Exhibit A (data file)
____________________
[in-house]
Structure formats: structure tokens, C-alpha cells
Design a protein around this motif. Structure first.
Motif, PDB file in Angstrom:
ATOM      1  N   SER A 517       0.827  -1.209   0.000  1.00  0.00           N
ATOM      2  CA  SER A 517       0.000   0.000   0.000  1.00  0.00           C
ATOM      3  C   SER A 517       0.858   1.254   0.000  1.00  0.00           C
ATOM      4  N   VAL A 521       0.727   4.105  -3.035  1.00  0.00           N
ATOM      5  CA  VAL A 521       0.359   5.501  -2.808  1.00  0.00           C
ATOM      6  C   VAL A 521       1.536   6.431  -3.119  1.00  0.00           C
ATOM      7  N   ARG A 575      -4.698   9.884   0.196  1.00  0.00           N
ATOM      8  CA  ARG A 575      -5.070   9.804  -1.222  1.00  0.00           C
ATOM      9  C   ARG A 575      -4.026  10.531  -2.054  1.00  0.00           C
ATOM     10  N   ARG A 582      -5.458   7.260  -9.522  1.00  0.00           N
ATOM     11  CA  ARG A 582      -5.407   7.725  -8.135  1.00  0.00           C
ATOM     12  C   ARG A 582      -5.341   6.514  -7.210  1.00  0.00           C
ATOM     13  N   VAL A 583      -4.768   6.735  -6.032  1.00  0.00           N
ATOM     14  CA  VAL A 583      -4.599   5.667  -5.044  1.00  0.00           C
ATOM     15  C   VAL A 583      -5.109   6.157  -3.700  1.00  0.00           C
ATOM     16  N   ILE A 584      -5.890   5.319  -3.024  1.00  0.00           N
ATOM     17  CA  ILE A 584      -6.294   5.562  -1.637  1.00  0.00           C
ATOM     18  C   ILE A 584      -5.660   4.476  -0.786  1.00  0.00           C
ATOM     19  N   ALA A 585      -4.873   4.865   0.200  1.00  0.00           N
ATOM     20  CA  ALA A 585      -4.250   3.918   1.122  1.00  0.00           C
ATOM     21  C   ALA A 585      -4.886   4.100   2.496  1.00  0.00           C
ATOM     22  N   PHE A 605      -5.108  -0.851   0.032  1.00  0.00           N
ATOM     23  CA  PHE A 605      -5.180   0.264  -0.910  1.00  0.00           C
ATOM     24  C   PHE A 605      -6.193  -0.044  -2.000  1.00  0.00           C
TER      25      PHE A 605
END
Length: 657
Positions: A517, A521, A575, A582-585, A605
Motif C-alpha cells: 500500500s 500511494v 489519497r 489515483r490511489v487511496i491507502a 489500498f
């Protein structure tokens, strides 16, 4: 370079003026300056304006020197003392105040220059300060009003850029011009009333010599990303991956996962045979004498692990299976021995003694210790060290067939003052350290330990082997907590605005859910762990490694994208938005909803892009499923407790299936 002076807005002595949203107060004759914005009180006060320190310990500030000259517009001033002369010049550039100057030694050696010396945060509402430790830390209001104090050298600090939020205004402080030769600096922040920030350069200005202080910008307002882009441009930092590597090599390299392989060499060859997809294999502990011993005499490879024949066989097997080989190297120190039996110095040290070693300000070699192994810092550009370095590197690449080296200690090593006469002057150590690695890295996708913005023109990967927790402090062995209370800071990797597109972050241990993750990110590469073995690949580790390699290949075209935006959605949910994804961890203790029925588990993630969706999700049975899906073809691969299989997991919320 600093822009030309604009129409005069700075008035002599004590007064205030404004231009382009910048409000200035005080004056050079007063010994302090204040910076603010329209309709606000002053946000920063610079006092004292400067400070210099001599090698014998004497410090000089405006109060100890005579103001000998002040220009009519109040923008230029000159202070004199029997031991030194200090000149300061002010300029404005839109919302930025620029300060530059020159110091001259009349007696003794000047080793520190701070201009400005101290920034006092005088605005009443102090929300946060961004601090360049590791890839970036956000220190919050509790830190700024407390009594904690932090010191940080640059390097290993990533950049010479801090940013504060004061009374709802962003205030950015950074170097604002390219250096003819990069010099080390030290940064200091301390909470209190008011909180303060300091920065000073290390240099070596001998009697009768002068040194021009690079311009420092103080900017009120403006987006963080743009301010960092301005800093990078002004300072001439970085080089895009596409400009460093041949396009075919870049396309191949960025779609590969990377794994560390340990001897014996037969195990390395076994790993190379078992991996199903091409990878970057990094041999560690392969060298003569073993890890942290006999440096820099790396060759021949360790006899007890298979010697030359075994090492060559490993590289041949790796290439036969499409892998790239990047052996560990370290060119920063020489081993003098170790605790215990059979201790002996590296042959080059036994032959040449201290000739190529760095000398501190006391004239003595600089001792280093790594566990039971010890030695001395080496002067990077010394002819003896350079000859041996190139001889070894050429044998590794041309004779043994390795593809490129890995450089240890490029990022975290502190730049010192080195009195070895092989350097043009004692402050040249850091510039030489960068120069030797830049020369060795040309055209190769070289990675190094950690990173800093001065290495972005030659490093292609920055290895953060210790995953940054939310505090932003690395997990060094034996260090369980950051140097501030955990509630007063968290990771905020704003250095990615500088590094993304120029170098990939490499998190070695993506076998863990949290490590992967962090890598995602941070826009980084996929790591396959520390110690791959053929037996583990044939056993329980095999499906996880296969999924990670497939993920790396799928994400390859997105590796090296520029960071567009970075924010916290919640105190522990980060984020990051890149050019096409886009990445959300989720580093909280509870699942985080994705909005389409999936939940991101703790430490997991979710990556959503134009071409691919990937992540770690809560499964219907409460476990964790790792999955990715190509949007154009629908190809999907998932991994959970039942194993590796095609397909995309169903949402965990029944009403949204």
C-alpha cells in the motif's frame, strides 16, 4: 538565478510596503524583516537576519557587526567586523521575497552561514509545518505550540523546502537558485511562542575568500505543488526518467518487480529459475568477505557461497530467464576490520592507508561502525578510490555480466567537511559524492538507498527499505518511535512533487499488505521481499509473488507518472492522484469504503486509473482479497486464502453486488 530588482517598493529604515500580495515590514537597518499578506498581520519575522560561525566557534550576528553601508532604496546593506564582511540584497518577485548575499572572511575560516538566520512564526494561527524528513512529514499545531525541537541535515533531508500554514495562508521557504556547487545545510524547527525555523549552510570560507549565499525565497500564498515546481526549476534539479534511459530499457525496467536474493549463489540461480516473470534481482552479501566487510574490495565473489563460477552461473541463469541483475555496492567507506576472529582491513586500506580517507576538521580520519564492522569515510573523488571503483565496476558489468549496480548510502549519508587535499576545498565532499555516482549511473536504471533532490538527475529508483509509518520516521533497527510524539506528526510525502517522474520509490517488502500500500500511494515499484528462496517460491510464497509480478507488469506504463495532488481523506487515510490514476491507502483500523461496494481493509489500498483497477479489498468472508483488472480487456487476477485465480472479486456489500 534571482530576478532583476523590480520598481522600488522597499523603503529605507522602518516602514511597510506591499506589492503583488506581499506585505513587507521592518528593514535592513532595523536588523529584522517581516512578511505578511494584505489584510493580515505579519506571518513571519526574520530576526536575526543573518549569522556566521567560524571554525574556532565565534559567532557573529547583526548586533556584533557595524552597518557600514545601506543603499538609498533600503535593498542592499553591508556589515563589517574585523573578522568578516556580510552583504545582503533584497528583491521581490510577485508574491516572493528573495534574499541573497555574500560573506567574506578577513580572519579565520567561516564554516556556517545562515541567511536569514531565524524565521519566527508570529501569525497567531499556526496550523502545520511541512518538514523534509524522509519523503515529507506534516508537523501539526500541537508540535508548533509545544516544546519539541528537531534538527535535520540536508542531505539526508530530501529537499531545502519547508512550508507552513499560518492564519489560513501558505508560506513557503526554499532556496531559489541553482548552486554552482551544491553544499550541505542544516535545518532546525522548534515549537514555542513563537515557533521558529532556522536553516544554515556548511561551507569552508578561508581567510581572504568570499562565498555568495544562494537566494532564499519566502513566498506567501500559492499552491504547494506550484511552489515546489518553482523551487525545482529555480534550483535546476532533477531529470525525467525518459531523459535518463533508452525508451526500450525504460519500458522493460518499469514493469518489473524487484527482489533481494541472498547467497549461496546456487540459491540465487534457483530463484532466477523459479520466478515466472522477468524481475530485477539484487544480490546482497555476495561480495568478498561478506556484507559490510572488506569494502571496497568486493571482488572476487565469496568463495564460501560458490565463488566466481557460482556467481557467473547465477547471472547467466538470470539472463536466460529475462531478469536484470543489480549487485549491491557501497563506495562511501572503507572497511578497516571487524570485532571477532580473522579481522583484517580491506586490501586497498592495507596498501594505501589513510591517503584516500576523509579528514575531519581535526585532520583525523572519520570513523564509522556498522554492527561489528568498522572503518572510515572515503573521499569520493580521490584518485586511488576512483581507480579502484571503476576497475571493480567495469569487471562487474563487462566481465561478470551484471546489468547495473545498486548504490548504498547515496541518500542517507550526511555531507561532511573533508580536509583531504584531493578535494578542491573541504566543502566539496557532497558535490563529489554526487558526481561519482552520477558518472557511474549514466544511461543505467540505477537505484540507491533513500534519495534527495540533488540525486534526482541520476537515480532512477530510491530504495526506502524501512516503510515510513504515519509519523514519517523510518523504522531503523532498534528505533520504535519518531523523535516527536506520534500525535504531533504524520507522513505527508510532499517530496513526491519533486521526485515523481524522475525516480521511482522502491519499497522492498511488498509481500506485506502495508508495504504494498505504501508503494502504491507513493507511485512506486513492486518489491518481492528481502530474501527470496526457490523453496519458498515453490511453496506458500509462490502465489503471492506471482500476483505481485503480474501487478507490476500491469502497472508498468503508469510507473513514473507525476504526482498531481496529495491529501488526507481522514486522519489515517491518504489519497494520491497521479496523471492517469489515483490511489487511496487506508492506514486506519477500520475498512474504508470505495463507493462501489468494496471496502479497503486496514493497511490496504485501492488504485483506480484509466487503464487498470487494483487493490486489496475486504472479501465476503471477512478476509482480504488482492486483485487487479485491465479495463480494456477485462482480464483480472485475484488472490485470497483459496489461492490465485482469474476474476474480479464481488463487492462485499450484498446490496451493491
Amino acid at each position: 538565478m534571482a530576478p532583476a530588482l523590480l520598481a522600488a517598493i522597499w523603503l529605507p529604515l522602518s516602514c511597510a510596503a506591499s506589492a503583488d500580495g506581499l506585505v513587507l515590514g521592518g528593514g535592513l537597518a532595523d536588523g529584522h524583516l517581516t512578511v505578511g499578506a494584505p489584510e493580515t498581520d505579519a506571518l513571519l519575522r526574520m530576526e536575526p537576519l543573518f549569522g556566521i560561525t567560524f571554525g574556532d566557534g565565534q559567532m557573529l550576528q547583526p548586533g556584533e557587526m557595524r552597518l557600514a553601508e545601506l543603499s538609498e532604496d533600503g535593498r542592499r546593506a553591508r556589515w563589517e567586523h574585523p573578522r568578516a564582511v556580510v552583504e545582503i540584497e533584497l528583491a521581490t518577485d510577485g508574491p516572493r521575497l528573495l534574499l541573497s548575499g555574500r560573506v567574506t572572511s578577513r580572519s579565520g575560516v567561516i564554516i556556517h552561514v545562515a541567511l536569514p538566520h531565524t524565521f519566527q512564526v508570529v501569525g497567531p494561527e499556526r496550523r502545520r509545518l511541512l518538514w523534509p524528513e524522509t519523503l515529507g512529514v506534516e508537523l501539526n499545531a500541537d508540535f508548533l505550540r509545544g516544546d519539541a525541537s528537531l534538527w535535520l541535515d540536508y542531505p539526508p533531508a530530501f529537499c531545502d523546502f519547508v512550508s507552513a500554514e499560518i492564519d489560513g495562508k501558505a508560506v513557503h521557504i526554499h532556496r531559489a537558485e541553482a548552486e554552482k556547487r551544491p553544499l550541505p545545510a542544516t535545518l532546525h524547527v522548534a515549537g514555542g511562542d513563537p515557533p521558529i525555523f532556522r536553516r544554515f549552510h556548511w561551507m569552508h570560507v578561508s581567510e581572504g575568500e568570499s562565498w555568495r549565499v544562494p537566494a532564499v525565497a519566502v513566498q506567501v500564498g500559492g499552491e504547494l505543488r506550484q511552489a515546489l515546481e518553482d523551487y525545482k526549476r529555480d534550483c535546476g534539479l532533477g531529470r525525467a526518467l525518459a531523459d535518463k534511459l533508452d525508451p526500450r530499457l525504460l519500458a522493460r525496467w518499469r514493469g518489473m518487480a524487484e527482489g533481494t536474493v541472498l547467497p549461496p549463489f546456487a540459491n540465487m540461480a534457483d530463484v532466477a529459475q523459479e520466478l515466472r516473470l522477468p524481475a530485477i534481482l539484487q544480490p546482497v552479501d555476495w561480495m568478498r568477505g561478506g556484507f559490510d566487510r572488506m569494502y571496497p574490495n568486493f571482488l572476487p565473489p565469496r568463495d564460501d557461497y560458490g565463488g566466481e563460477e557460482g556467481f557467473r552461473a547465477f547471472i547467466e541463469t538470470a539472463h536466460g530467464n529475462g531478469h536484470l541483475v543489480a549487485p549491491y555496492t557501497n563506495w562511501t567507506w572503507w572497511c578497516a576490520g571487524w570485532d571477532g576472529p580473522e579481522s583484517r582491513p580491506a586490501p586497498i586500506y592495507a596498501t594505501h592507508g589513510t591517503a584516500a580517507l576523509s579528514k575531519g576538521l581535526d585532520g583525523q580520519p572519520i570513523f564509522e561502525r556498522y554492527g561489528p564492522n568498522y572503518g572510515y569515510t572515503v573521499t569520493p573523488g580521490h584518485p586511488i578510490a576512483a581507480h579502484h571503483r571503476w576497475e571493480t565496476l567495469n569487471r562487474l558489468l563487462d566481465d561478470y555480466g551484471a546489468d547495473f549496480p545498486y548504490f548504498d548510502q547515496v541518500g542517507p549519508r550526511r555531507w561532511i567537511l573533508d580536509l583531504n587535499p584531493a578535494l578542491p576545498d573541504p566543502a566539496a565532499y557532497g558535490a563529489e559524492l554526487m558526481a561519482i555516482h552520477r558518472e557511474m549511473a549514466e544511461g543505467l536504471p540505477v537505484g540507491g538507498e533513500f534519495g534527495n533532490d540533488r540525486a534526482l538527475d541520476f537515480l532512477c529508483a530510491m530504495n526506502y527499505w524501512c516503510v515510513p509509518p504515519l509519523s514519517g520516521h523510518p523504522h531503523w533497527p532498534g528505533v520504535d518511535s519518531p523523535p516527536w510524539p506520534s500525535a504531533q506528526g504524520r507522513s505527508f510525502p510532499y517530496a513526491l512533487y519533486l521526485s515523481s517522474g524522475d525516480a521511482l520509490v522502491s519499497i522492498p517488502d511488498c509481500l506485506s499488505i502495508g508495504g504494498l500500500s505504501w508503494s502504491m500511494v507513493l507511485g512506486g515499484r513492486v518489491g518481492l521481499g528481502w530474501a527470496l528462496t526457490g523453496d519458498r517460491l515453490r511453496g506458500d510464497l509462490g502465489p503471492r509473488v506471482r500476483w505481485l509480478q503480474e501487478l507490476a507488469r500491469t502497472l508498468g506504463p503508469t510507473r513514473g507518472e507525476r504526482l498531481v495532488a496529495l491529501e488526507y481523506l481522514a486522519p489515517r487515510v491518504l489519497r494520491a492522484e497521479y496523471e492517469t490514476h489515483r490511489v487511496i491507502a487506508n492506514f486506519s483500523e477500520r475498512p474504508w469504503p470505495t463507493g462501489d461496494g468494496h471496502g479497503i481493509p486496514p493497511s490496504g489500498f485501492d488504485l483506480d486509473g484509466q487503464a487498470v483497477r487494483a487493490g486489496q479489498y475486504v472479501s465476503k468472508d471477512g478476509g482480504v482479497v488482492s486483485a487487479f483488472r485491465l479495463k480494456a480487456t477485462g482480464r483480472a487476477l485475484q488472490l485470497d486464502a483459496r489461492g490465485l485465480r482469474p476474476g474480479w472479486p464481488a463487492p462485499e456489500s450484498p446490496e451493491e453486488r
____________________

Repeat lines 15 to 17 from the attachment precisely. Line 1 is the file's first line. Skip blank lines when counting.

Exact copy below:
ATOM     11  CA  ARG A 582      -5.407   7.725  -8.135  1.00  0.00           C
ATOM     12  C   ARG A 582      -5.341   6.514  -7.210  1.00  0.00           C
ATOM     13  N   VAL A 583      -4.768   6.735  -6.032  1.00  0.00           N